I am praising HaShem for the information that Rabbi Katz researched on my behalf. The Rabbi initially did a name reading for me where he was able to reveal the essence of who I am even without knowing me or ever meeting me. I followed the name reading up by requesting an in depth analysis based on finding my name encoded in the Torah reading at the time of my birth. Rabbi Katz discovered my name encoded in the Numbers 8:1-2 where I was again astounded by the mission and focus that was revealed for my life in that portion of scripture. All of the information echoed truth to who I am, the major challenges I face, and what I need to work on to accomplish HaShem’s will for my life! It confirmed that my spiritual journey is on track in the search for absolute truth in connecting with my Creator. It also emphasized that being honest and true to myself was critical in elevating my soul to reflect HaShem’s divine light to those around me. In short, the analysis revealed my spiritual path and inspired me to stay the course with additional effort! I am so thankful for the information and blessing that Rabbi Katz’s in depth analysis provided me based on discovering my name in the Torah! Thanks so much, Daniel J. Duffield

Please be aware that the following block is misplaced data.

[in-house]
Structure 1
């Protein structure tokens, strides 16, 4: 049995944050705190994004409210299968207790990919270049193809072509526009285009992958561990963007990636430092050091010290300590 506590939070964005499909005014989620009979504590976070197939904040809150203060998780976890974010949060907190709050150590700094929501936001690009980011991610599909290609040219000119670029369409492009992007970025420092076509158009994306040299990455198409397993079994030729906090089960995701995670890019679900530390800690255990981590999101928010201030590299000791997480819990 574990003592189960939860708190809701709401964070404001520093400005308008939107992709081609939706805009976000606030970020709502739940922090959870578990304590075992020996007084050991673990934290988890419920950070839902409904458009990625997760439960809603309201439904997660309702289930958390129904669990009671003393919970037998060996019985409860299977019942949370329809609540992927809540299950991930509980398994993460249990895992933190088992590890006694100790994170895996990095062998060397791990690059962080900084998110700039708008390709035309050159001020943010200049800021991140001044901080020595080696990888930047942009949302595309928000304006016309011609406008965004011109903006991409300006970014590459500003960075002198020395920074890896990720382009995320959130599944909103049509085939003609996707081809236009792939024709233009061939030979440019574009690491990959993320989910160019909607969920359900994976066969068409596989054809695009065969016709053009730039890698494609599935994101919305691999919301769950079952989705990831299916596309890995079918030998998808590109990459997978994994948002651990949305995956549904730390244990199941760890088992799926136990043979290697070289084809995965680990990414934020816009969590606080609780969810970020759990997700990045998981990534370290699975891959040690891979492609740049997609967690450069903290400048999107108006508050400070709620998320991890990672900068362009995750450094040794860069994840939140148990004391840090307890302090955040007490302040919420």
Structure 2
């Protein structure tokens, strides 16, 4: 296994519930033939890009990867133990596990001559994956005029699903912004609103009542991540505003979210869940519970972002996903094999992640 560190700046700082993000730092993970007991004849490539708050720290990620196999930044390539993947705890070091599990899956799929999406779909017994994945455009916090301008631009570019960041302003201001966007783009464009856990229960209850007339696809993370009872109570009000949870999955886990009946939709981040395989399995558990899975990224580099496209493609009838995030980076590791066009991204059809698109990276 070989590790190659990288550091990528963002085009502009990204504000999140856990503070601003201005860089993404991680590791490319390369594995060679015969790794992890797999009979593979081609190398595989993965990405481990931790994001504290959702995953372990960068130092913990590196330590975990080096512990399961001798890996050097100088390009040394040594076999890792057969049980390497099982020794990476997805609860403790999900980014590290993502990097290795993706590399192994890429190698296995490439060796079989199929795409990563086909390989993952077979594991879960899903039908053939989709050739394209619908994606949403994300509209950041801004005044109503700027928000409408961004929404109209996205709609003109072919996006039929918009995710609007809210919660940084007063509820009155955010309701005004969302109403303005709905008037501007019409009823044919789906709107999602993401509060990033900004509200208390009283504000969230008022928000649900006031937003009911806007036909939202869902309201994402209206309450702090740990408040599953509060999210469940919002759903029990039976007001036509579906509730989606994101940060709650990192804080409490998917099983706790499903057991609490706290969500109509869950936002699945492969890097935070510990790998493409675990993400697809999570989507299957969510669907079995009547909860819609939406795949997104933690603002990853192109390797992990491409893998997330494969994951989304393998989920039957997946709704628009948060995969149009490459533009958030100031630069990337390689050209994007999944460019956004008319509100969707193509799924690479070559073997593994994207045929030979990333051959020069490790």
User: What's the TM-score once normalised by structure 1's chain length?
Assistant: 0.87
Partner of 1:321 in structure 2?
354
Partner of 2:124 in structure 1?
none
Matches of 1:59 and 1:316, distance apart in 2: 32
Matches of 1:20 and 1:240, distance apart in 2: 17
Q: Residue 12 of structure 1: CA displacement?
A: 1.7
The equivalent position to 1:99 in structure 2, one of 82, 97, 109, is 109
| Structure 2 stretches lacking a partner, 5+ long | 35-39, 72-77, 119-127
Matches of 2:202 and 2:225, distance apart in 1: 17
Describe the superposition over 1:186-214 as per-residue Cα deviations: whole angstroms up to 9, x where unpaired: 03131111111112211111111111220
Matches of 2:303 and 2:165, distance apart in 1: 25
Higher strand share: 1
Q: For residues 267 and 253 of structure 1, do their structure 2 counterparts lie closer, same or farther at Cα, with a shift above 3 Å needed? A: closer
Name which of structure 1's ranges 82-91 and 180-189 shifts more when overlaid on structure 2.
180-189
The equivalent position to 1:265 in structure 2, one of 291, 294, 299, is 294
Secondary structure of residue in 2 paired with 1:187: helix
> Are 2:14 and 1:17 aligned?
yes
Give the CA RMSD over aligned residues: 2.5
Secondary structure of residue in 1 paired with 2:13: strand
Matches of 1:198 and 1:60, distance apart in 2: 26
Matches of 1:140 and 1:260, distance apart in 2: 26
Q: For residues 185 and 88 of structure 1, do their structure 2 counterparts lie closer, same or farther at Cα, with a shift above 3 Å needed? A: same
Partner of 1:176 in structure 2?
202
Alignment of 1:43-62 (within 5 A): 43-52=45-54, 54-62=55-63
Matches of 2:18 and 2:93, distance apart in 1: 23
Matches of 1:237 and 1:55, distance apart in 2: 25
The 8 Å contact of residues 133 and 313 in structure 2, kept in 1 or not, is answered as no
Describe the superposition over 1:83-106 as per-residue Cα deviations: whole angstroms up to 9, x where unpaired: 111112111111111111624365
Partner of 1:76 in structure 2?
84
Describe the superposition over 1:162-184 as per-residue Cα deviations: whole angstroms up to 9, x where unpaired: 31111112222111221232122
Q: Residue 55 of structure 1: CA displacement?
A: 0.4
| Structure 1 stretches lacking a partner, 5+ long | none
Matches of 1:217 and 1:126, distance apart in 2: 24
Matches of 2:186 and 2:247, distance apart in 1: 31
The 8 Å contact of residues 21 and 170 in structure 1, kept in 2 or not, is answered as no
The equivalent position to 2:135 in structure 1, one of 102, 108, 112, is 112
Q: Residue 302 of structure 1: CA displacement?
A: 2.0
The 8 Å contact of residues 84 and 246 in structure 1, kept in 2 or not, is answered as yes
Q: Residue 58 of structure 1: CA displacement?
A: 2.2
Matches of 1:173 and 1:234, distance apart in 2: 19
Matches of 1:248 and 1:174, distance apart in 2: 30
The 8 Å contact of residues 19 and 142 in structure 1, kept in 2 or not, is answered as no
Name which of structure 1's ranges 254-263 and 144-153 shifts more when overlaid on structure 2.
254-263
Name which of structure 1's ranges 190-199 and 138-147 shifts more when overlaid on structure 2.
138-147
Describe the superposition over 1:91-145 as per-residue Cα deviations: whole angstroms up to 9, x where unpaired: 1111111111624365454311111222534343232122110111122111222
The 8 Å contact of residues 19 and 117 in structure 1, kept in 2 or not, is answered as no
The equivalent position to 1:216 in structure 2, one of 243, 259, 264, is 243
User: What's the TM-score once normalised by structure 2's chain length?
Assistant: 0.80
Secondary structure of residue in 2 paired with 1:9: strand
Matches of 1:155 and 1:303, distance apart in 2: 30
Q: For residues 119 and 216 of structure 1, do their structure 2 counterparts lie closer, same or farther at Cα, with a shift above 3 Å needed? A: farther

The Kinneret (Sea of Galilee) has floated up from a dangerous drop in water levels thanks to the largest rainfall to hit Israel in five years. Several days of heavy rains have left most regions of the country with a higher-than-average accumulated rainfall and have brought the Kinneret above the “red line,” the level that is warning sign the lake is approaching a point where it is potentially dangerous to draw water.
The “red line” is located 213 meters below sea level. In recent years, the government added a “black line,” at 215 meters below sea level, beyond which water absolutely should not be drawn.
In 2009, the water level in the Kinneret sunk to 214.37 meters below sea level following five years of drought and was dangerously close to the black line at the end of last summer. However, the reservoir still lacks 13 feet of water before dams would have to opened to prevent local flooding.
Water Authority officials said Sunday that the Kinneret had risen by more than nine centimeters since Thursday. The heavy rains that began falling late last week caused flooding in the Arava region, and left most northern areas and the northern and central Negev with an annual accumulated rainfall more than 100 percent of the average for the entire season. Jerusalem, Be'er Sheva and Tel Aviv have received nearly 100 percent of their average accumulated rainfall this year.
Forecasters predict that scattered showers will continue Monday, followed by warmer and drier weather the rest of the week, with the exception of the possibility of light rain in the north on Wednesday.